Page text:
Home Dehradun Dr Vijay Dhasmana launches Water Conservation project at SRHU Campus

Dr Vijay Dhasmana launches Water Conservation project at SRHU Campus

592
0
SHARE

By Our Staff Reporter
DEHRADUN, 25 Aug: Himalayan Institute Hospital Trust, in association with its sister concern Swami Rama Himalayan University has initiated a grand scale Green Initiative, under the leadership of Vice Chancellor Dr Vijay Dhasmana, for the conservation of water within the campus.
Technical expertise of ‘Uttaranchal Koop Man’, HP Uniyal has been sought for the project. He planned and managed the initiative technically. Under this initiative ‘Rain Water’ will be used for non-domestic purposes.

Dr Dhasmana formally launched the project today and dedicated it to India’s save water campaign. “Importantly the project will increase awareness of students about ‘scarcity of clean water’ and sensitize them on the importance of ‘conservation of water’, a precious natural resource,” he underlined. “This is our humble contribution aimed at reducing everyday water usage rate. We are all aware that water crisis in the world is getting critical by the day. When we realized that 80 percent of water requirement of the SRHU campus could be met with or replaced through rainwater harvesting we decided to go ahead with the project.”
After three months of meticulous planning and construction of the dream project, a whopping amount of about 2 crore litres of rainwater is now being collected, stored and re- used for non-potable purposes like toilet flushing, cleaning and ground aquifer recharge.
9000 square metres of roof top areas of the Nursing College, Medical College and RDI Building at SRHU and HH campus have been prepared to collect roof top rainwater. One lakh fifty thousand litres of water collected thus, is treated and filtered through a natural process with the help of ‘Uttaranchal Koop’ method, for which Uniyal was conferred the National Urban Water 2008 Award. This water is collected in a 1.5 lakh litre ‘Storage Tank’, which is completely underground. In accordance with futuristic developmental plans a garden with a fountain will be developed and maintained on top of this tank.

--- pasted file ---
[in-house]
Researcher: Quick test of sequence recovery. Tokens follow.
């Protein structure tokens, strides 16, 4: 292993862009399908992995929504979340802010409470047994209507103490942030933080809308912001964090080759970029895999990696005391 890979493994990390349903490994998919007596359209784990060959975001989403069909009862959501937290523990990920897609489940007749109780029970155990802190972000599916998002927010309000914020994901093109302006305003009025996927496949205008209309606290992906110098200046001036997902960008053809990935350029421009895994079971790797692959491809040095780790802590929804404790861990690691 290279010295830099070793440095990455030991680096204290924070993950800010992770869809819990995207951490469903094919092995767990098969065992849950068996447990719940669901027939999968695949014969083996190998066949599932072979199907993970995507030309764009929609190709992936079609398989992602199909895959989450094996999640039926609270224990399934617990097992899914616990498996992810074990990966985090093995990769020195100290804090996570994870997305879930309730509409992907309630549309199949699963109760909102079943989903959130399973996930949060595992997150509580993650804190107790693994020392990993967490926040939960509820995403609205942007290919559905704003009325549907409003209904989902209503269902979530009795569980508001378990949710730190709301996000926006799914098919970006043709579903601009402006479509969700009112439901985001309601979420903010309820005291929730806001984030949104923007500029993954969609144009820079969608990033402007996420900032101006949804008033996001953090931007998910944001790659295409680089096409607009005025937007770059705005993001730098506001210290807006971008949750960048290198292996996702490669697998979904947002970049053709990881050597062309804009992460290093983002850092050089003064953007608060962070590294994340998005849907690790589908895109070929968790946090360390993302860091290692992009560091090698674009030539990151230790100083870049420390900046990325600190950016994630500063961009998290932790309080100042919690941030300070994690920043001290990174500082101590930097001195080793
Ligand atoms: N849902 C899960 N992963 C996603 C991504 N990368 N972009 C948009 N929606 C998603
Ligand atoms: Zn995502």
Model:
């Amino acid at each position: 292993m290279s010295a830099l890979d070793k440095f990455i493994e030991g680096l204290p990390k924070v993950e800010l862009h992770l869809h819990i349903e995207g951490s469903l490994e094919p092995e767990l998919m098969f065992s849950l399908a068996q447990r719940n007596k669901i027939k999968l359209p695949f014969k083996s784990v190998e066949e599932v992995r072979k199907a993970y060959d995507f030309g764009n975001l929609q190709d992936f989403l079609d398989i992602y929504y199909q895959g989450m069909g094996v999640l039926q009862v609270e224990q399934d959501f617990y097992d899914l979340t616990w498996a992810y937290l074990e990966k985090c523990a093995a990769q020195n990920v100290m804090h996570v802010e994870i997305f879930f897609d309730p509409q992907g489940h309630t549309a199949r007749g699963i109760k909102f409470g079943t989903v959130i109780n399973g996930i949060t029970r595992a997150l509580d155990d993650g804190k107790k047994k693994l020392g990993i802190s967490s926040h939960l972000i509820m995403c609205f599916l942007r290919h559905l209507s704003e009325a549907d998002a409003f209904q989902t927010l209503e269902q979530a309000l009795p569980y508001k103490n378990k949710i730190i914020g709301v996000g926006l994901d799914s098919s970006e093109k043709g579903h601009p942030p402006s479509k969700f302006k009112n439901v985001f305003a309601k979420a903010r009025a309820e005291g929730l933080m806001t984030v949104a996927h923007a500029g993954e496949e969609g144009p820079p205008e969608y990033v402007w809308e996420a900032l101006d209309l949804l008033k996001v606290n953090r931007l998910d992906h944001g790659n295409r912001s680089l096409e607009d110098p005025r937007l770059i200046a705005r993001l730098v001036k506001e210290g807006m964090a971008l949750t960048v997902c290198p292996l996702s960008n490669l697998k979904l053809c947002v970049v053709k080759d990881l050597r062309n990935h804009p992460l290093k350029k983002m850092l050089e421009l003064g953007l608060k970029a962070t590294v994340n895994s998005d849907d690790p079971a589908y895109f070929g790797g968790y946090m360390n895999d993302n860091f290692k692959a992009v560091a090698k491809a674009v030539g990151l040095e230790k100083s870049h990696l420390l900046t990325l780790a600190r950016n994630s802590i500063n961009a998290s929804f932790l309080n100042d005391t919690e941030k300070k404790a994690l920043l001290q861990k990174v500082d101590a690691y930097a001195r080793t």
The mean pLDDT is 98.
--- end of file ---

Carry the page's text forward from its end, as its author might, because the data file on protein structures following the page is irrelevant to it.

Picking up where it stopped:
Ensuring continuity of water supply is crucial for the sustainable functioning of the system. “The water collected in 1.5 lakh storage tank will be supplied to different buildings for flushing and cleaning and will be sufficient for 365 days. It will cater to 111 toilets and 138 taps. “We have cut off the normal supply of water, and instead supply 3000 litres per day of collected roof top rain water, which we calculated is the daily need,” Uniyal explained.
To arrive at this figure 19 years pattern and data of rainfall in the area was studied, average monthly rainfall calculated, and inlet and outlet water supply quantity calculated. 9.45 lakh litres of roof top rain water will be used for daily flushing and cleaning needs. And importantly 1.57 crore litres of water will be utilised for ground water recharging.
The capacity of our underground storage tank is 1.5 lakh litres. It would be sufficient to supply 3,000 litres of water to the 111 toilets and 138 taps for a period of 365 days, according to Dr Dhasmana.